Sketch for an Ought/Life

Part One

I.

Three Nietzschean prescriptions: Create a style for yourself; Overcome yourself; Choose wakefulness over inheritance.

 

II.

From Zarathustra: “This – is now my way: where is yours?’ Thus I answered those who asked me ‘the way’. For the way – does not exist!”

 

III.

Create a style, overcome yourself, choose wakefulness: find your way.

 

IV.

There is no authentic self to guide you. No matter how quietly you sit, no matter how penetratingly you introspect, there is, at bottom, nothing. The you at the surface – and this will be a different you depending on the moment, the conditions – is the only authentic you there is, and that you is a fragmentary and more or less shifting, fickle, reflection of the multitude of drives, constraints, desires, ambitions, fears, affects, feelings, anxieties, hopes and – above all – antagonisms that you embody.

 

V.

‘I’ experience myself, but in so doing am experiencing the spring-loaded responses, borne by my body, to the predictable, systematic vagaries of the social and physical world.

 

VI.

Am I angry? Then I’m on my bike, cut off by drivers. Am I wandering in the clouds, dreaming of possibilities? Then I’m reading Adorno or Camus. Am I amused? Then I’m surfing buzzfeed articles for 25 tweets only I will understand.

 

VII.

But, deeper. Am I ambitious? Then I have cobbled together some combination of desire and strategy, but without also calling up all the obstacles facing me, resources needed. Am I hesitant and anxious? Then you are handsome and confident and I need you to pass me the coffee cream or spot me while I bench press. Am I jealous and enraged? Then you are equally handsome and confident and I am lost in the conflicting urges to have you, to be you, to be wanted by you – sexually, financially, totally.

Part Two

VIII.

The world is fragmentary and we see it partially and partially. There are two kinds of partiality: the commitments of bias and the limits of perspective. The one is affective and pre-reflexive. The other is ontological and epistemological.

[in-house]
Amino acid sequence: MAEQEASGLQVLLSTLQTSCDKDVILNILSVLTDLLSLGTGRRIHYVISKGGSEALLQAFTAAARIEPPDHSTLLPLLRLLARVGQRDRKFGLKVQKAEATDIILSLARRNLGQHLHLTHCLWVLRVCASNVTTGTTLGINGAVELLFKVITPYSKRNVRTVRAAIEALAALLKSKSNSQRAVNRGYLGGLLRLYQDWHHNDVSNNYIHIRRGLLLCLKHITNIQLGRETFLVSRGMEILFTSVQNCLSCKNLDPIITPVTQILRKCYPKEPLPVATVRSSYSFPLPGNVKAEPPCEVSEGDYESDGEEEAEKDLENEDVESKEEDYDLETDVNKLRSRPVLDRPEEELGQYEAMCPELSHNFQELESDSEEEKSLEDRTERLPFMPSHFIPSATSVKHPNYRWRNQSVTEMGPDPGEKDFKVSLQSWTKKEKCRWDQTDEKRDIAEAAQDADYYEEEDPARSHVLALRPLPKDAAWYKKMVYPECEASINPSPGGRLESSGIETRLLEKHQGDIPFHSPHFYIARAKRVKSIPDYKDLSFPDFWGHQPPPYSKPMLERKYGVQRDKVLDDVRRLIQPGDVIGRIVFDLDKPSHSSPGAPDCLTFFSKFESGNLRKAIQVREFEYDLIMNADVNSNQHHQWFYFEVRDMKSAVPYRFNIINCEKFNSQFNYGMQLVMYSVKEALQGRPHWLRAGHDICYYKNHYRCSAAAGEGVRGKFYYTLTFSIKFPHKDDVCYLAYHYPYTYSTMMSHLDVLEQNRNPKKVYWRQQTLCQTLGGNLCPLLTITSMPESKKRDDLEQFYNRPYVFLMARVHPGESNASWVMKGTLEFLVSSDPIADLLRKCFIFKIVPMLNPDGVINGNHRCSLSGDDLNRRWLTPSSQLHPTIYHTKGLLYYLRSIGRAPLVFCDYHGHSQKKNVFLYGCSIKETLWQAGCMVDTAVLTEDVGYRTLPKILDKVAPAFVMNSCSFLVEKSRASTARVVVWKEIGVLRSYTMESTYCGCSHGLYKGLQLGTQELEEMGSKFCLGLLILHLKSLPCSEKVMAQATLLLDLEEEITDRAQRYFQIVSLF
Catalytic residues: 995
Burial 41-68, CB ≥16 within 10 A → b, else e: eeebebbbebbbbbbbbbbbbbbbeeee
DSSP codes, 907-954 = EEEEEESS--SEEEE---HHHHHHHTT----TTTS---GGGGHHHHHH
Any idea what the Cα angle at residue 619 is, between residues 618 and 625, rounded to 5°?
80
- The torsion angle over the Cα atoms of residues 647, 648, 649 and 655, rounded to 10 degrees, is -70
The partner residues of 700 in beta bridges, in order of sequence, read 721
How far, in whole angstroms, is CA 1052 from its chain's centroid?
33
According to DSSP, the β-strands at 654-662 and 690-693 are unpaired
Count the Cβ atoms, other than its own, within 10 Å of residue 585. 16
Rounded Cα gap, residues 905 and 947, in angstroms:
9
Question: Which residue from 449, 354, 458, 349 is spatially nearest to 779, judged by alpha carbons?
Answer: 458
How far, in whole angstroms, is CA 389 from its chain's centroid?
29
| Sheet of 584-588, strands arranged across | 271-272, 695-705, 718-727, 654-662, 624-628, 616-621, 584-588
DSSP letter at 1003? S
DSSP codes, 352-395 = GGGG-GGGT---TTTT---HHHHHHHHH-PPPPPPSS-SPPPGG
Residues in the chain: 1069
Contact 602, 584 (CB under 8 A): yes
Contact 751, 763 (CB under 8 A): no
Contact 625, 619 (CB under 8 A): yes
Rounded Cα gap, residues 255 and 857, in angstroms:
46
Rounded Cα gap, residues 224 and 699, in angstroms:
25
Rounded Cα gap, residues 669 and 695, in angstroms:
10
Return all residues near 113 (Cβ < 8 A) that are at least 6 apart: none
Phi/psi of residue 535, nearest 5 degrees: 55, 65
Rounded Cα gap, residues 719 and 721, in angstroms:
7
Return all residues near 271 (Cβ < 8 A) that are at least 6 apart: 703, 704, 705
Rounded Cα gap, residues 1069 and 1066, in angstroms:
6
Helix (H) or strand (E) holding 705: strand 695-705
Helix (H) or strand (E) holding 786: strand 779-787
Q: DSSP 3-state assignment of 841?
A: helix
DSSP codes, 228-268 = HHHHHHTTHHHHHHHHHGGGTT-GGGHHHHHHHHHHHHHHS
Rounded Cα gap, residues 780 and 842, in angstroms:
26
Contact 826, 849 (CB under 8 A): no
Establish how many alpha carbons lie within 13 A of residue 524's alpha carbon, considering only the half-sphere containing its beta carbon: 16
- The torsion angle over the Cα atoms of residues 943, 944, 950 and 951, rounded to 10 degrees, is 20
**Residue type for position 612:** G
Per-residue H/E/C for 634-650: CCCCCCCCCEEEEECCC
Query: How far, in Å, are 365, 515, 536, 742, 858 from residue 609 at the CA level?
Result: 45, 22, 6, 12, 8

IX.

The world is contradictory and we move within that tension. Capitalist culture demands expansion of production and proliferation of consumption. Environmental limits, precarious employment, distorted income potentials place production and consumption alike out of reach. I am in culture, stimulated by culture, called to consume and – more – desire to consume, bliss out on consumption, but can neither produce nor consume sufficiently to close the gap between the authenticity the world promises and the fragmentary surface I travel.

 

X.

The world is pathological. Contradiction is not merely tension, it is murderous. At limit cases it is literally murderous. Trans women, Black people stopped by cops, temp and precarious workers, women, unrepentant queers know this best.

 

XI.

The world is also banal. Contradiction is quotidian, stifling, distracting. It atrophies creative spring-loaded responses by triggering again and again the defensive, the jealous, the anxious.

 

XII.

We hold our temporal, geographical, racial-sexual and economic position within all of history in our bodies. That history – habitus – is how we perceive, gather resources, strategize, and act.

 

XIII.